Description:This bronze coin was minted in the ancient city of Amorion, in the Hellenistic region of Phrygia, which was located in modern-day west-central Turkey. Stories of the heroic age of Greek mythology tell of the Phrygian King Midas, who turned whatever he touched to gold and according to Homer's Iliad, the Phrygians participated in the Trojan War as close allies of the Trojans.
Amorion was an important city on a strategic road and the legendary birthplace of Aesop, the famous Greek fable writer. In 333 BC, Alexander the Great liberated this area from the Persians and by 133 BC, this region was under the control of the Romans. This was a prosperous time for the city of Amorion and they began minting their own coinage in the 2nd century BC.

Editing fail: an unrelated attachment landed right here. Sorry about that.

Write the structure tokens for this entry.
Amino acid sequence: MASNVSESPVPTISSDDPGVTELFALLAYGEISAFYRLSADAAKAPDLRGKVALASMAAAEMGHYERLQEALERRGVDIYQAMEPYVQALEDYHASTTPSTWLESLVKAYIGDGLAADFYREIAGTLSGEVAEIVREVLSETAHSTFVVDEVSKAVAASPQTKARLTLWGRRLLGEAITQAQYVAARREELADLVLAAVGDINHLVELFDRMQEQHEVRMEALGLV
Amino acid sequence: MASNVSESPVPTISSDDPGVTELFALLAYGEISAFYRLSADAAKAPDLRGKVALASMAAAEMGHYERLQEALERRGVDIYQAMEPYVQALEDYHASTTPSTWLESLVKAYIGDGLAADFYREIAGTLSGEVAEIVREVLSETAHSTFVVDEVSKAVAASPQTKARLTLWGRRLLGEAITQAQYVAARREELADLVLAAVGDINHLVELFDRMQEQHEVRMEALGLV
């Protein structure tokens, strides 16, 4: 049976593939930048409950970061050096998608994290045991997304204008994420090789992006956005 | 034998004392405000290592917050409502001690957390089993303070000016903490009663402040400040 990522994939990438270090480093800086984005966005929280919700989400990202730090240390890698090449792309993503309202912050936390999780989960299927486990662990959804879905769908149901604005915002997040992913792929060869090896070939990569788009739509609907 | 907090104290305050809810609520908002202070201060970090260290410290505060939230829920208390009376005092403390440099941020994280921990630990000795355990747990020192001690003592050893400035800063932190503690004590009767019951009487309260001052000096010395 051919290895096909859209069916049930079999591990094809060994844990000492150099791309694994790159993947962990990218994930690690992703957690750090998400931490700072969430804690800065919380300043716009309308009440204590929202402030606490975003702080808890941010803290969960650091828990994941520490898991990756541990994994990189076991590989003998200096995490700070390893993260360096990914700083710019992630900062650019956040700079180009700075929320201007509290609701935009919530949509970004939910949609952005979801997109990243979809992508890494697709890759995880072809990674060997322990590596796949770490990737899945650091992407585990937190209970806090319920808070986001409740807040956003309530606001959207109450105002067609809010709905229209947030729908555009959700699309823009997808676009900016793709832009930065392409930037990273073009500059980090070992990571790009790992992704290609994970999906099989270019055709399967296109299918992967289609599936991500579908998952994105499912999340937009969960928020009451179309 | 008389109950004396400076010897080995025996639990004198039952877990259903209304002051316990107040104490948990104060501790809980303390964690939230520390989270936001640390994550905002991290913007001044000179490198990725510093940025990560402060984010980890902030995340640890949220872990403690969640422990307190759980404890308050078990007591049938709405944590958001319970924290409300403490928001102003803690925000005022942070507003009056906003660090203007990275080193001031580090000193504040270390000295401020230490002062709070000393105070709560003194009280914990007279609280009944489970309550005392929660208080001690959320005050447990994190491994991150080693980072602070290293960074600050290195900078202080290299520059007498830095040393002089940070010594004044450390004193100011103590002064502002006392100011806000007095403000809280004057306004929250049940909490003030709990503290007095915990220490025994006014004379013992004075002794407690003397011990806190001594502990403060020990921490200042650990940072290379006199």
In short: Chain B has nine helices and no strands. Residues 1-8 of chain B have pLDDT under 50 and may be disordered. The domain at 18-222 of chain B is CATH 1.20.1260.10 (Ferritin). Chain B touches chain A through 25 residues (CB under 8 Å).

The obverse side of this ancient coin shows a lion leaping over a caduceus, which is a staff entwined by two serpents, that was a symbol of commerce. The lion was not indigenous to Greek lands, however the lion was still a popular beast renowned for its power and hunting prowess. Lions have been depicted in Greek art for centuries before coins were minted.
The reverse side shows the turreted and draped bust of Tyche. In Classical Greek mythology, she is the daughter of the Titans Tethys and Oceanus and her Roman equivalent was Fortuna. Tyche was the goddess who governed the fortune, prosperity and destiny of a city. The people believed that when no cause can be discovered to events such as floods, droughts, frosts, or even in politics, then the cause of these events may be fairly attributed to Tyche.